A month after the Sampson Board of Commissioners decided to forgo handing a piece of property on West Carter Street over to the city of Clinton to pay a maintenance bill, in favor of selling it, there has been no public interest shown in the small lot.
Sampson County is faced with a bill in excess of $1,500 for maintenance on the 0.26-acre lot, located between 400 and 406 West Carter St.
While preparing to bill an absentee landlord for that cost, city staff discovered that the lot was not abandoned but actually belonged to the county. The city has maintained the lot under their nuisance lot procedures for a considerable amount of time, incurring a cost of $1,468.44 in the process — that cost has inflated with interest.
The county board considered conveyance of the small lot to the city as a way of payment in November, before tabling the matter until December. The options were to pay the bill straight up, give the lot as payment or try to sell the lot. The county chose the last of those options, unanimously authorizing staff to declare the lot surplus and move forward with the process of selling the lot, setting a minimum price tag of $2,000.
Assistant county manager Susan Holder briefly updated the board on the matter Monday night, saying there had been no formal response to the public notice of the sale.
“We have received no bids,” she said, noting that the board could chose to re-advertise the sale.
Some county officials previously expressed concern of just such a predicament.
Tax administrator Jim Johnson said the size of the lot was a main reason he was leery of the county trying to sell it. Attorney Annette Starling said selling the lot could be met with obstacles and extra costs.
“The best thing would be if we could sell it, but the concern would be it would cost us more than we would get,” she said. “That is the risk we would run if we try to sell it and nobody buys it.”
The land sale has to be competitively bid, bringing additional costs over the city’s maintenance fee. Johnson has noted the entire ordeal could get the county deeper in the hole if the property is not sold. Holder has noted ad costs around $200 and, if there are no takers, that money would be gone and the bill would still have to be paid.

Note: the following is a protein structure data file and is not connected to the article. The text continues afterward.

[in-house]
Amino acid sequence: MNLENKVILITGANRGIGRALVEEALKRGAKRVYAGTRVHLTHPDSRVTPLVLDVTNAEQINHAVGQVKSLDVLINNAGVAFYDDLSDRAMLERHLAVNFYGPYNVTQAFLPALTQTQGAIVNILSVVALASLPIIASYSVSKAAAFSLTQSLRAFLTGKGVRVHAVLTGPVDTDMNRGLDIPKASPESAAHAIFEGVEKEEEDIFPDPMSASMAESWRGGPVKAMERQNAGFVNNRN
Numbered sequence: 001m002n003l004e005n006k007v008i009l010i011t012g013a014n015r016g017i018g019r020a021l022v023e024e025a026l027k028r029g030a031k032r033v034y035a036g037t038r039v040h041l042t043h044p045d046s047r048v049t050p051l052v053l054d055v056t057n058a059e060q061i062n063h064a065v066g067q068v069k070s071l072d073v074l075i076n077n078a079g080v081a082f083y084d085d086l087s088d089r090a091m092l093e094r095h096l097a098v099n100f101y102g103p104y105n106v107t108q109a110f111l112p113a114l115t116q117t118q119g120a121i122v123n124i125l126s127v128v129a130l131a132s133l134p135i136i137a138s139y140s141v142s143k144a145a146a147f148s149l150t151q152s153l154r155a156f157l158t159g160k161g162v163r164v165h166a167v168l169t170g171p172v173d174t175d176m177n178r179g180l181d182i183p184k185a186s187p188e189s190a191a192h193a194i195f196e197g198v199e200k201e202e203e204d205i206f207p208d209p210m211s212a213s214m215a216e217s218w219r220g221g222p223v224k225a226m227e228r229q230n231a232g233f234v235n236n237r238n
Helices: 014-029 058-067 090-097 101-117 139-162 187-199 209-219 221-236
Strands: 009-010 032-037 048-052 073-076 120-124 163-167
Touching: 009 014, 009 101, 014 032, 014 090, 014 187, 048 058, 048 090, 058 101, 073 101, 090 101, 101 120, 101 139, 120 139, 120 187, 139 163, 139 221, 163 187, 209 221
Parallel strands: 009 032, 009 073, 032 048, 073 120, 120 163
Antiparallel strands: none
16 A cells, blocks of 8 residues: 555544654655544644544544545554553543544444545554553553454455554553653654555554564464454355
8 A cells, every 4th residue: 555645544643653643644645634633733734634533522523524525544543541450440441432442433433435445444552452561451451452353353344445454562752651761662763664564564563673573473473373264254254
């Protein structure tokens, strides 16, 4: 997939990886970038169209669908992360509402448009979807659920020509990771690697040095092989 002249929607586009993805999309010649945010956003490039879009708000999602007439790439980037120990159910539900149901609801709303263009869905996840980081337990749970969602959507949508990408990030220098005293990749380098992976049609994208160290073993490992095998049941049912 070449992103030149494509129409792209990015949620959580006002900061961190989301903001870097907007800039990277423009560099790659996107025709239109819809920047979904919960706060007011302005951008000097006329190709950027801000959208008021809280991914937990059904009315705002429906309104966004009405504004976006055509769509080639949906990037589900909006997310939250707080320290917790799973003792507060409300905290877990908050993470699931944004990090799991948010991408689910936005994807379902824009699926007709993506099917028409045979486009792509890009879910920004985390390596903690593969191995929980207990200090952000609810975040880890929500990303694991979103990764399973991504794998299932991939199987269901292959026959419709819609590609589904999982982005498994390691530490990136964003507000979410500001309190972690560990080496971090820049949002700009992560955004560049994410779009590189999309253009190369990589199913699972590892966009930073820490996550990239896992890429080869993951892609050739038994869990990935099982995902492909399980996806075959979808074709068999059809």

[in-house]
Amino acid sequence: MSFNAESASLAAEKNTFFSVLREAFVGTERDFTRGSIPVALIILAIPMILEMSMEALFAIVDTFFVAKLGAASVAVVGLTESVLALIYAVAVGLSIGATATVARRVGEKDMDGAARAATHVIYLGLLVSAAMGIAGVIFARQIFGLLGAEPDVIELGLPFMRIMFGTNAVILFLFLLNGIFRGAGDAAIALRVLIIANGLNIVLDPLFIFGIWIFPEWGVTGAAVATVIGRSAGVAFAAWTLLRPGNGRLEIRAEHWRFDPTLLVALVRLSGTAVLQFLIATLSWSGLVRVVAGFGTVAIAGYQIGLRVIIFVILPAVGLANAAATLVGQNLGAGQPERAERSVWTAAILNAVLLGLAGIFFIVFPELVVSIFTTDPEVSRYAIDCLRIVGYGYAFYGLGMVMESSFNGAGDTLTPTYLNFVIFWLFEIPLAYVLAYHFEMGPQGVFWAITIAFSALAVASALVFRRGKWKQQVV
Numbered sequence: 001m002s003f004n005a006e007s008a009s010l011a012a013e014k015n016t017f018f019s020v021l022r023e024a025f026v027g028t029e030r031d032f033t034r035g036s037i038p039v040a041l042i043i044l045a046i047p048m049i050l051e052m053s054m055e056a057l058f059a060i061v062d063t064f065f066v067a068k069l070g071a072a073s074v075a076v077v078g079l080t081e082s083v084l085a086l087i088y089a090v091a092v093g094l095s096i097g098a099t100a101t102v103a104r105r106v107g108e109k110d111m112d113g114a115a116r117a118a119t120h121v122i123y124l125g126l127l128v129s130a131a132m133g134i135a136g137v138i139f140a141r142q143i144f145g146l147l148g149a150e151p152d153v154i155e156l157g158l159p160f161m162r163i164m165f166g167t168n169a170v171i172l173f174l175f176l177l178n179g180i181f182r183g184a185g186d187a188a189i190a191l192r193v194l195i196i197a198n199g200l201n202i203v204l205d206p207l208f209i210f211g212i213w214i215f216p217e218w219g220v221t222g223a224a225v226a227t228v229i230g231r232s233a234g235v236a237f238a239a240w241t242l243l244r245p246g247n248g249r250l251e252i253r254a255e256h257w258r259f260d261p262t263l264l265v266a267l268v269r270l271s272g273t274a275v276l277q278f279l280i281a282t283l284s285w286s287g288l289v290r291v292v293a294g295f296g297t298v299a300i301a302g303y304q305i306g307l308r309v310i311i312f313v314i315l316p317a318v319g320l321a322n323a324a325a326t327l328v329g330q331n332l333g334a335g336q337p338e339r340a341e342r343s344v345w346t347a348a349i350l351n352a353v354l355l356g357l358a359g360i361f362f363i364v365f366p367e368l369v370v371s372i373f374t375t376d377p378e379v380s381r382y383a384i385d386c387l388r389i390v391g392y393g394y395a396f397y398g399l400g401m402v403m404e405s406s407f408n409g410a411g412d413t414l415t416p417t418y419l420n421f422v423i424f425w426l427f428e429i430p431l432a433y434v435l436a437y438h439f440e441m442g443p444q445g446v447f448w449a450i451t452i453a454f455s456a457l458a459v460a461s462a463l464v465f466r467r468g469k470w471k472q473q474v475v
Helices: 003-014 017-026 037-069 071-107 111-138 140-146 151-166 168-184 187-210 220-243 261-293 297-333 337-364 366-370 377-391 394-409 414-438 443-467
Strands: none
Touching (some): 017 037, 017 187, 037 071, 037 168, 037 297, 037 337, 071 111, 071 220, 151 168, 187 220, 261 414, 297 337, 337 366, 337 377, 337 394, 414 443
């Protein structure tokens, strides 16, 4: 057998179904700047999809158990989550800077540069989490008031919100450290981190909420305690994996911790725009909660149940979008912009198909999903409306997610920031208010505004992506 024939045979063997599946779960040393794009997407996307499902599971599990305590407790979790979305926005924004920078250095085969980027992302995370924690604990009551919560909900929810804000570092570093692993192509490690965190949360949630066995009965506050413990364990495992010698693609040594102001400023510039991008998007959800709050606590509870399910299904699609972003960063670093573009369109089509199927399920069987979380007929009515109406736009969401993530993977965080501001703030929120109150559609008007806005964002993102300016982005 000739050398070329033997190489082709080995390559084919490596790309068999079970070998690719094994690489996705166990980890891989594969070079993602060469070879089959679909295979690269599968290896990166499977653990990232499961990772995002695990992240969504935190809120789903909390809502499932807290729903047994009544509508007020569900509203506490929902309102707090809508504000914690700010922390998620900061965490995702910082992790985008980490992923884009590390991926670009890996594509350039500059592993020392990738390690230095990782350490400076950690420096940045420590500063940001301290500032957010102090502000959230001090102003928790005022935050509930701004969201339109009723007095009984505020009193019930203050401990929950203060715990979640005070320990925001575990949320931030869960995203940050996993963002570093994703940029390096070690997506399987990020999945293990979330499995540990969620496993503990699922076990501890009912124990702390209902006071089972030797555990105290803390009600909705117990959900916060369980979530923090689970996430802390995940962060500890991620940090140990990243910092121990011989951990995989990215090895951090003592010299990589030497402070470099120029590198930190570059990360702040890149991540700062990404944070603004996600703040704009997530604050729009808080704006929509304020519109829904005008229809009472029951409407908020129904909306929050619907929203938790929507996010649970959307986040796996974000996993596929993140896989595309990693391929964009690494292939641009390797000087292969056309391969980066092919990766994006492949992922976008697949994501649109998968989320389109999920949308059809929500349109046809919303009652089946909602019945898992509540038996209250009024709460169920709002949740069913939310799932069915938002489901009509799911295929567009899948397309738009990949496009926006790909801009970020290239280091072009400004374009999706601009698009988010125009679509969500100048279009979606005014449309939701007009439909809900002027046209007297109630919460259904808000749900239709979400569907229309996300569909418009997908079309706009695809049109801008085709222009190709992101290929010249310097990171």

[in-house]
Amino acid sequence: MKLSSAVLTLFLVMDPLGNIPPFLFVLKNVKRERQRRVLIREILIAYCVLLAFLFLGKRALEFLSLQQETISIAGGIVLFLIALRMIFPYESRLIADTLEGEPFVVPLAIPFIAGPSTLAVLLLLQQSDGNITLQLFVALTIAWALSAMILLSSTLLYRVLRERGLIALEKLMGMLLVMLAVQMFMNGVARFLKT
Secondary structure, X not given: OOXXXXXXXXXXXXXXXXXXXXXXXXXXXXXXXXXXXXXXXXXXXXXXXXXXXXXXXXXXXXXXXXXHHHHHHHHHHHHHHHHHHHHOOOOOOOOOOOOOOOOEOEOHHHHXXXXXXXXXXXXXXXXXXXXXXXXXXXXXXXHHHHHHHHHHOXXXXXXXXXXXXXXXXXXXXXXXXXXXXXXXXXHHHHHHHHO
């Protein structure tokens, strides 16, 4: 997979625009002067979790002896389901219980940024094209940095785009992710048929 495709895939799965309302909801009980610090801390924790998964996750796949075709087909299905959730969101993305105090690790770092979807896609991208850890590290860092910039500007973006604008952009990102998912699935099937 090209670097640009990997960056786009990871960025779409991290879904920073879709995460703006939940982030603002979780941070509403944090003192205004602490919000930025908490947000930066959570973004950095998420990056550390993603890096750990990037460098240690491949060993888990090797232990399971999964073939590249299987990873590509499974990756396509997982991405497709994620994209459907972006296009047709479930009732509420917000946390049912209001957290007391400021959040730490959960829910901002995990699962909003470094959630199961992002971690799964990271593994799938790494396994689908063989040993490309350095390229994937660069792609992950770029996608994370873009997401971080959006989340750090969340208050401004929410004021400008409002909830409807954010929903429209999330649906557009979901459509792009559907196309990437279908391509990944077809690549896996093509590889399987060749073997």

And that bill has actually gotten larger, with a notice sent Dec. 5 by the city that the amount due is $1,545.48, close to $80 more than original quoted. The printout from the city noted interest amounts tacked on to the principal amount over the course of the last nine months.
The lot is reportedly valued at $4,200.
It was foreclosed on by the county several years ago and was sold, but conveyed back to the county, indicating a possible problem with the foreclosure — that was done in 1989. The lot was essentially lost in the mix.
Last month, commissioner Jefferson Strickland said the county should at least try to take advantage of an opportunity for additional revenue through publicly bidding the property.
Through the upset bid procedure, public notice of each new bid is published and a period of 10 days to raise the bid given. If the bid is raised within the 10 days, the procedure begins again with another notice published. N.C. law states the new bid must be no less than 10 percent of the first $1,000 of the old bid and 5 percent of the remainder.
While the county saw vast participation in such a process for the old Halls School property in 2010, the interest in the much smaller Carter Street tract has been nil thus far.
“It has been suggested that we also send a copy of that to surrounding property owners,” said Holder. “We can do that as well.”
No deadline was set by the board to submit a bid, so the process is still open, Starling noted.
Chris Berendt can be reached at 910-592-8137 ext. 121 or via email at firstname.lastname@example.org.